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Is Using Energy Drinks to Stay Awake Actually Bad for You?

March 10, 2014


Is Using Energy Drinks to Stay Awake Actually Bad for You?

It’s 18:00 pm on a Friday night, you have just arrived home and you open your third energy drink of the day to try and shake off nine hours in the office. There is no harm in it right?  

Actually, drinking too many energy drinks is definitely harmful to your health - as is drinking too much soda, coffee or anything else that contains caffeine. A energy drink can contain up to around 505 milligrams of caffeine. That sounds pretty hectic, until you realise that this is only twice the amount of caffeine in a large Starbucks coffee and nobody seems to be reporting on people dying from coffee overdoses...

So, how can a energy drink be harmful?

The problem isn’t really in the amount of caffeine in an energy drink, but rather that in many countries the government doesn’t require that an energy drink’s caffeine content be displayed on the can. It is this lack of information that is the real danger behind energy drinks - people have no idea how much caffeine they are consuming and the effect that it will have on them. But the danger of energy drinks doesn’t stop there according to some. They claim that other ingredients included in energy drinks, such as xanthine, which are also not indicated effectively can lead to health problems. While the caffeine in coffee has been subject to decades of research, the research on many of the other substances in energy drinks is still in its infancy with few long term studies available.

What about children?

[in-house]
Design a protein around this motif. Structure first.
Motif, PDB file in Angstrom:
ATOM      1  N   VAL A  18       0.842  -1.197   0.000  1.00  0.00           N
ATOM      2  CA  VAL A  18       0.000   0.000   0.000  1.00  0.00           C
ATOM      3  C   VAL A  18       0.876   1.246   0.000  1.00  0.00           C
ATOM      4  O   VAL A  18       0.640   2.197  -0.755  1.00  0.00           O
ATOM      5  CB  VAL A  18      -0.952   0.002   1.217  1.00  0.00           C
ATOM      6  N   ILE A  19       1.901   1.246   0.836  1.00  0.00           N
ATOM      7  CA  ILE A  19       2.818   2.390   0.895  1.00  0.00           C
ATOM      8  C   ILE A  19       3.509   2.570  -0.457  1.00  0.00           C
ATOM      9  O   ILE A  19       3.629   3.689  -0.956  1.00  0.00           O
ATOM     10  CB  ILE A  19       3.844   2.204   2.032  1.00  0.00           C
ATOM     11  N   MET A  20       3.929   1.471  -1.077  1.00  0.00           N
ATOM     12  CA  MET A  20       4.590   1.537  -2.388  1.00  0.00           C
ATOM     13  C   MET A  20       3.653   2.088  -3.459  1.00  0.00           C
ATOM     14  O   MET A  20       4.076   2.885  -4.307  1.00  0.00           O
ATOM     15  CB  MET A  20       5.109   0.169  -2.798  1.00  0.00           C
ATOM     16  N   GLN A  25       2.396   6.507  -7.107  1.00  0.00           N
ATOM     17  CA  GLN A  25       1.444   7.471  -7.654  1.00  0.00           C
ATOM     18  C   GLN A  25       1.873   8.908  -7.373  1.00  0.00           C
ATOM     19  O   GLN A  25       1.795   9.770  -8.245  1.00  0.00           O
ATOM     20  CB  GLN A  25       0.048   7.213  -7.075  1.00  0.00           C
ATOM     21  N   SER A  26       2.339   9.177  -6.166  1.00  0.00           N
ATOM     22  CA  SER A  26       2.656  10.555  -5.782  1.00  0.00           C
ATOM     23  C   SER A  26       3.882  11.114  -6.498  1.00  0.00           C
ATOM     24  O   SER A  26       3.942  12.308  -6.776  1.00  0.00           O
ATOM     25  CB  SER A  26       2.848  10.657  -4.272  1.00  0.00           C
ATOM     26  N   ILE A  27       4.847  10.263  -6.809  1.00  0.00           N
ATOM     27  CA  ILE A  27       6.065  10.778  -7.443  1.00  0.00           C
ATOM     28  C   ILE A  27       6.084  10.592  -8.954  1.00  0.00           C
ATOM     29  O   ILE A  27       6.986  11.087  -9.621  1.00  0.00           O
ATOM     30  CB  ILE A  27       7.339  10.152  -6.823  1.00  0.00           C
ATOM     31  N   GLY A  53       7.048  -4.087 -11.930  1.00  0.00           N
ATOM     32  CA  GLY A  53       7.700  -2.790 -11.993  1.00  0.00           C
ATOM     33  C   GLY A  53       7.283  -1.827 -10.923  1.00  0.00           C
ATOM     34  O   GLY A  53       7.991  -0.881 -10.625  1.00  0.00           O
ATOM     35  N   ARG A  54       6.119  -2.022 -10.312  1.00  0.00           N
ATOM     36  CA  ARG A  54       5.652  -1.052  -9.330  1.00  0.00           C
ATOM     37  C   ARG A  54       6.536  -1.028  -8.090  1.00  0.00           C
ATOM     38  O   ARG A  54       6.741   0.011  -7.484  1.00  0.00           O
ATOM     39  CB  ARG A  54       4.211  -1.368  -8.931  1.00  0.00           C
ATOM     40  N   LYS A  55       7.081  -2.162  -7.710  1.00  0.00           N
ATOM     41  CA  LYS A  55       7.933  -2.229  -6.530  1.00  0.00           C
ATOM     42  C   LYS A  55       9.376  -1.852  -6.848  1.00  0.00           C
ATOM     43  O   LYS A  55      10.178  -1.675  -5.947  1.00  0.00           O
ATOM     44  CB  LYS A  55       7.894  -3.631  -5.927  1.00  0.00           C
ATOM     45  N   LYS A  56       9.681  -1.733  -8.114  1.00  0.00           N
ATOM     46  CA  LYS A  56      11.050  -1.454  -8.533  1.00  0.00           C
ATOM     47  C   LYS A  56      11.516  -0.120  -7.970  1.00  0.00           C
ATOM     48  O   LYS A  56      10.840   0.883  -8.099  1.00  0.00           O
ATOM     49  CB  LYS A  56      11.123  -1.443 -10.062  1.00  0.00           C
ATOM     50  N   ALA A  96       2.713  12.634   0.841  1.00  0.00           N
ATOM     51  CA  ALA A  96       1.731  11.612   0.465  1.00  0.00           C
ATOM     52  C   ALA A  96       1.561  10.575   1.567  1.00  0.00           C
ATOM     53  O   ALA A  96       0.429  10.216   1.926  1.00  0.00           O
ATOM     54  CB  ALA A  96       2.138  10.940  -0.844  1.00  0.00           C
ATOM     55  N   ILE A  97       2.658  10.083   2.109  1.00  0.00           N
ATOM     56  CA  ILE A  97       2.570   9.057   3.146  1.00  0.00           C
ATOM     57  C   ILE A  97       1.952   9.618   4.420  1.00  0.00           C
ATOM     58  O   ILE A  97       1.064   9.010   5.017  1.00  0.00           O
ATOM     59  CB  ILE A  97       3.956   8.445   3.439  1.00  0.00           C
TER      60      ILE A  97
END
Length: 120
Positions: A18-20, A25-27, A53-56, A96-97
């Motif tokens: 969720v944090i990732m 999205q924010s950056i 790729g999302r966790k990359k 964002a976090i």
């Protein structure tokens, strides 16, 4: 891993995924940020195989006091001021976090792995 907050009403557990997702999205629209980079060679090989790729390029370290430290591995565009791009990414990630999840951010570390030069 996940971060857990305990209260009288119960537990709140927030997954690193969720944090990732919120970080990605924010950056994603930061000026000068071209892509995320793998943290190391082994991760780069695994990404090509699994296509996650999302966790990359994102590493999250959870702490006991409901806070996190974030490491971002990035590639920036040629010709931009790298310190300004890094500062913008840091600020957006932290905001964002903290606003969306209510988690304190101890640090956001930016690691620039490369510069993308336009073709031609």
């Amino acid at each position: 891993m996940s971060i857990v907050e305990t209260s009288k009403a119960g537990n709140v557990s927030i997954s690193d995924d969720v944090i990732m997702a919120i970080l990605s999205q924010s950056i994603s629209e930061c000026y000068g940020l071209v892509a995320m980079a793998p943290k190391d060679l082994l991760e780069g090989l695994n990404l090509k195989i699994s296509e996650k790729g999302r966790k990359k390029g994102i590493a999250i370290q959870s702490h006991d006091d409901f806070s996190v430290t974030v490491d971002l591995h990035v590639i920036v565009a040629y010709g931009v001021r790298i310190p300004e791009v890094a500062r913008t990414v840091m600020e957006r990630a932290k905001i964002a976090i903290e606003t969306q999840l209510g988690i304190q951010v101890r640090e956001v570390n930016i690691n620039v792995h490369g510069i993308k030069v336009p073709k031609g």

Most energy drinks state that that should only be consumed by people 12 years and older as research has suggested that consumption at a younger age is harmful to children’s health. However many schools and parenting groups are pushing to remove energy drinks from school tuck shops or from nearby shops citing that energy drinks could have the effect of preventing children from being able to focus in classes. In some countries there is legislation to limit the sale of energy drinks to teenagers as many teenagers use energy drinks to avoid sleep, failing to realize that at their age sleep is essential for mental and physical development.

The Real Danger

Others suggest that it is not the energy drink itself that is a problem, but rather the irresponsible use thereof. In the majority of cases where death was alleged to have been caused by energy drinks, the victim consumed far more energy drinks than is recommended during or after extreme sports or had a pre-existing heart condition that was exacerbated by caffeine consumption. Mixing energy drinks with alcohol or drugs have been shown to increase risk of dangers such as heart conditions.

So, what is the verdict?

There are no dangers inherent in energy drinks. However, like anything, energy drinks in excess can be dangerous to your health and should not be consumed on a regular basis or serve as a sleep replacement. Even so, children under the age of 16 should be discouraged from drinking energy drinks on a frequent basis.


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